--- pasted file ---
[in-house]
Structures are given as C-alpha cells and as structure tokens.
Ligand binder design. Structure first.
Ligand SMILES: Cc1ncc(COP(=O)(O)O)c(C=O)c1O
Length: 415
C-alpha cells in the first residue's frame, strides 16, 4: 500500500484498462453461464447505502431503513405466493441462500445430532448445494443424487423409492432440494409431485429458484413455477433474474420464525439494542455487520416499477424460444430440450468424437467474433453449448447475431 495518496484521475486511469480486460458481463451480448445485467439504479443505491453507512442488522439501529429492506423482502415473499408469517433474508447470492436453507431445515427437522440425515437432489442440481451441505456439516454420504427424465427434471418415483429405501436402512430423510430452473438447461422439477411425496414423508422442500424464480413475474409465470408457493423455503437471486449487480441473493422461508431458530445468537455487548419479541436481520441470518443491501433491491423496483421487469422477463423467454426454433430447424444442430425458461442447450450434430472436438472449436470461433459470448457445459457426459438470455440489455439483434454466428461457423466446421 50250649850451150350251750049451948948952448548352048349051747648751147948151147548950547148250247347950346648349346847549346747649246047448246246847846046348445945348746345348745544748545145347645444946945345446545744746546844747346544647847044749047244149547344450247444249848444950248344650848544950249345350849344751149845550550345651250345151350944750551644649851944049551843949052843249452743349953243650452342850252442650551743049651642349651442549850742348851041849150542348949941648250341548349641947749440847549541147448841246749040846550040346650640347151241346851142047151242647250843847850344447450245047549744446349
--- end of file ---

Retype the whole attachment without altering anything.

[in-house]
Structures are given as C-alpha cells and as structure tokens.
Ligand binder design. Structure first.
Ligand SMILES: Cc1ncc(COP(=O)(O)O)c(C=O)c1O
Length: 415
C-alpha cells in the first residue's frame, strides 16, 4: 500500500484498462453461464447505502431503513405466493441462500445430532448445494443424487423409492432440494409431485429458484413455477433474474420464525439494542455487520416499477424460444430440450468424437467474433453449448447475431 495518496484521475486511469480486460458481463451480448445485467439504479443505491453507512442488522439501529429492506423482502415473499408469517433474508447470492436453507431445515427437522440425515437432489442440481451441505456439516454420504427424465427434471418415483429405501436402512430423510430452473438447461422439477411425496414423508422442500424464480413475474409465470408457493423455503437471486449487480441473493422461508431458530445468537455487548419479541436481520441470518443491501433491491423496483421487469422477463423467454426454433430447424444442430425458461442447450450434430472436438472449436470461433459470448457445459457426459438470455440489455439483434454466428461457423466446421 50250649850451150350251750049451948948952448548352048349051747648751147948151147548950547148250247347950346648349346847549346747649246047448246246847846046348445945348746345348745544748545145347645444946945345446545744746546844747346544647847044749047244149547344450247444249848444950248344650848544950249345350849344751149845550550345651250345151350944750551644649851944049551843949052843249452743349953243650452342850252442650551743049651642349651442549850742348851041849150542348949941648250341548349641947749440847549541147448841246749040846550040346650640347151241346851142047151242647250843847850344447450245047549744446349